The Ten Food 3D Printers You Should Know
3D printing materials are becoming increasingly diverse, but when we talk about additive manufacturing, we often think of plastics or metals. But today, we wanted to focus on something very different namely food. And yes, some 3D printers do allow for the creation of sweets, pastries, chocolates, pizzas and dishes of all kinds. A food 3D printer offers more freedom and creativity in the kitchen and in some cases, can even reduce food waste. Even if we are not yet convinced that these machines will replace our ovens and microwaves, they have an interesting potential for all those who love to cook. In this listing, we introduce you to food 3D printers that are already being used!
3D Chocolate Shaper – byFlow
Food Tech company byFlow specializes in 3D printing of chocolate. To print with the notoriously tricky ingredient, the company has developed 3D Chocolate Shaper, based on a patented technology to design all types of chocolate parts. ByFlow provides you with the Online Chocolate Design Studio, where you can create your own chocolate designs in minutes. Any type of chocolate can be used with a fully automatic temperature control system. Note that you can also use this 3D printer to design other sweet or savory foods. ByFlow also opened one of the first restaurants to integrate a 3D food printer.
The WiibooxSweetin food 3D printer is a printer that combines precision, quality and creativity and is designed for professional use. Additionally, the machine is easy to use. All users need to do is download the 3D model files into the machine and start printing. The printing materials? There’s (really) something for everyone: chocolate, cheese, mashed potatoes, beans, caramel, honey, jam, cookies. The printer includes a real-time temperature control device that ensures food is perfectly sealed. The technology used is fused deposition modeling (FDM), has several types of nozzles included and is compatible with .stl .obj . amr files.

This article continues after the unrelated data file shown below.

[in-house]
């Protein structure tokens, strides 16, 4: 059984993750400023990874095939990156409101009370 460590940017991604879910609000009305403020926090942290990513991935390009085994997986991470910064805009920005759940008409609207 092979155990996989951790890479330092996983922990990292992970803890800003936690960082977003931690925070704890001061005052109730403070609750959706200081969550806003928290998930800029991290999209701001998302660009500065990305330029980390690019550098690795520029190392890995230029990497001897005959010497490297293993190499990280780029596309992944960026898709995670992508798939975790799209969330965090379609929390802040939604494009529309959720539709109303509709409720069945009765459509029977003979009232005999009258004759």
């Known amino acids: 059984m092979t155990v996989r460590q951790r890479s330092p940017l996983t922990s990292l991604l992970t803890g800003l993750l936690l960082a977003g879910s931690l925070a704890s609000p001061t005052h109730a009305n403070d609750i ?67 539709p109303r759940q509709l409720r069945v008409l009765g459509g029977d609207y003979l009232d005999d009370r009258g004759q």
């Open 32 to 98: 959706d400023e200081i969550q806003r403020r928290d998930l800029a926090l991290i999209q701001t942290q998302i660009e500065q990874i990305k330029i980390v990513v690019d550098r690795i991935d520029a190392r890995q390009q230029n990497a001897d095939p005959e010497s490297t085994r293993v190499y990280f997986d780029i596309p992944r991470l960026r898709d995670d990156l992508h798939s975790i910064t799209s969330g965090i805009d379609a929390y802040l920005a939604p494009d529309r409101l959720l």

SMRC’s 3D Printing System for Space
When people think of 3D printed food, most of the time it is for projects for people on Earth. But this is not always the case. Enter SMRC’s 3D printed food system which has been developed to make food for long duration space missions in collaboration with NASA. The company aims to create food using 3D printing that has interesting flavors while including nutrient supplements that will set off nutritional degradation from long-term storage. Essentially, the system will dispense viscous food that has been made from powder and ingredients and they have already successfully made cheese pizza using it. They hope to provide healthy nutrition for astronauts.
nūfood from Dovetailed
nūfood, which was born from a hackathon, is the world’s first liquid-based 3D food printer and was created by Dovetailed. The company is tight-lipped on how exactly the 3D printing technology works, but the result is essentially edible, 3D printed flavor bubbles as the printer “offers the ability to create juicy bites in a variety of shapes, flavors and colors on-demand.” Users can just tap the available app, pour in the flavors and then print, with 3D food flavor bursts ready in minutes. Additionally, the ingredients are high-quality and vegan-friendly ranging from both savory to sweet. The printer is available to rent in the United Kingdom for events on their website, though they also note that it is ready for commercial manufacture.